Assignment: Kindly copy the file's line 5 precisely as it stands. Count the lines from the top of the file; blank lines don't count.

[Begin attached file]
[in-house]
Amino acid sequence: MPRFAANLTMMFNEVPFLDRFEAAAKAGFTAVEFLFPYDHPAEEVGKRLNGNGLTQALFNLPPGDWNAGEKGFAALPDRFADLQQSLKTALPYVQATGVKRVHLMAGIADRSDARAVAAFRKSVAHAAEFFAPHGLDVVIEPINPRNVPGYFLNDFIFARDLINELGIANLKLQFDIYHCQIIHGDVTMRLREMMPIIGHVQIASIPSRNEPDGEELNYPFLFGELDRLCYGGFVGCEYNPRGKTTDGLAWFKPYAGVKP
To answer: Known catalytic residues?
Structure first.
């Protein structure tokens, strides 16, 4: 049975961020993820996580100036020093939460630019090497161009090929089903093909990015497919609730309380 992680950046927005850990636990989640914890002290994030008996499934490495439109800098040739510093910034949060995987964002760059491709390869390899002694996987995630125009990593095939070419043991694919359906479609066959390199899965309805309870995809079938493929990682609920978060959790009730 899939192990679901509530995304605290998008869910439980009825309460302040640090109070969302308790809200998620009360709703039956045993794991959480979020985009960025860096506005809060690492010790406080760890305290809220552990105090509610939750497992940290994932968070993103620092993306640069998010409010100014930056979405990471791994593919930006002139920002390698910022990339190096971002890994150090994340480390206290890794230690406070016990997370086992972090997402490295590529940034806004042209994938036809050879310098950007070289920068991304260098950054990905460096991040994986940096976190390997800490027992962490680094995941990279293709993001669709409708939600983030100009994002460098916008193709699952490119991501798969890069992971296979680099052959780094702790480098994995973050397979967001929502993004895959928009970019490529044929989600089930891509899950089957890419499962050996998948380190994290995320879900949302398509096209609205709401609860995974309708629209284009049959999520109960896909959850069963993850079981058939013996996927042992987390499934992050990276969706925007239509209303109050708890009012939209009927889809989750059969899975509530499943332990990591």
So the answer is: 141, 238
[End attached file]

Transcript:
């Protein structure tokens, strides 16, 4: 049975961020993820996580100036020093939460630019090497161009090929089903093909990015497919609730309380 992680950046927005850990636990989640914890002290994030008996499934490495439109800098040739510093910034949060995987964002760059491709390869390899002694996987995630125009990593095939070419043991694919359906479609066959390199899965309805309870995809079938493929990682609920978060959790009730 899939192990679901509530995304605290998008869910439980009825309460302040640090109070969302308790809200998620009360709703039956045993794991959480979020985009960025860096506005809060690492010790406080760890305290809220552990105090509610939750497992940290994932968070993103620092993306640069998010409010100014930056979405990471791994593919930006002139920002390698910022990339190096971002890994150090994340480390206290890794230690406070016990997370086992972090997402490295590529940034806004042209994938036809050879310098950007070289920068991304260098950054990905460096991040994986940096976190390997800490027992962490680094995941990279293709993001669709409708939600983030100009994002460098916008193709699952490119991501798969890069992971296979680099052959780094702790480098994995973050397979967001929502993004895959928009970019490529044929989600089930891509899950089957890419499962050996998948380190994290995320879900949302398509096209609205709401609860995974309708629209284009049959999520109960896909959850069963993850079981058939013996996927042992987390499934992050990276969706925007239509209303109050708890009012939209009927889809989750059969899975509530499943332990990591």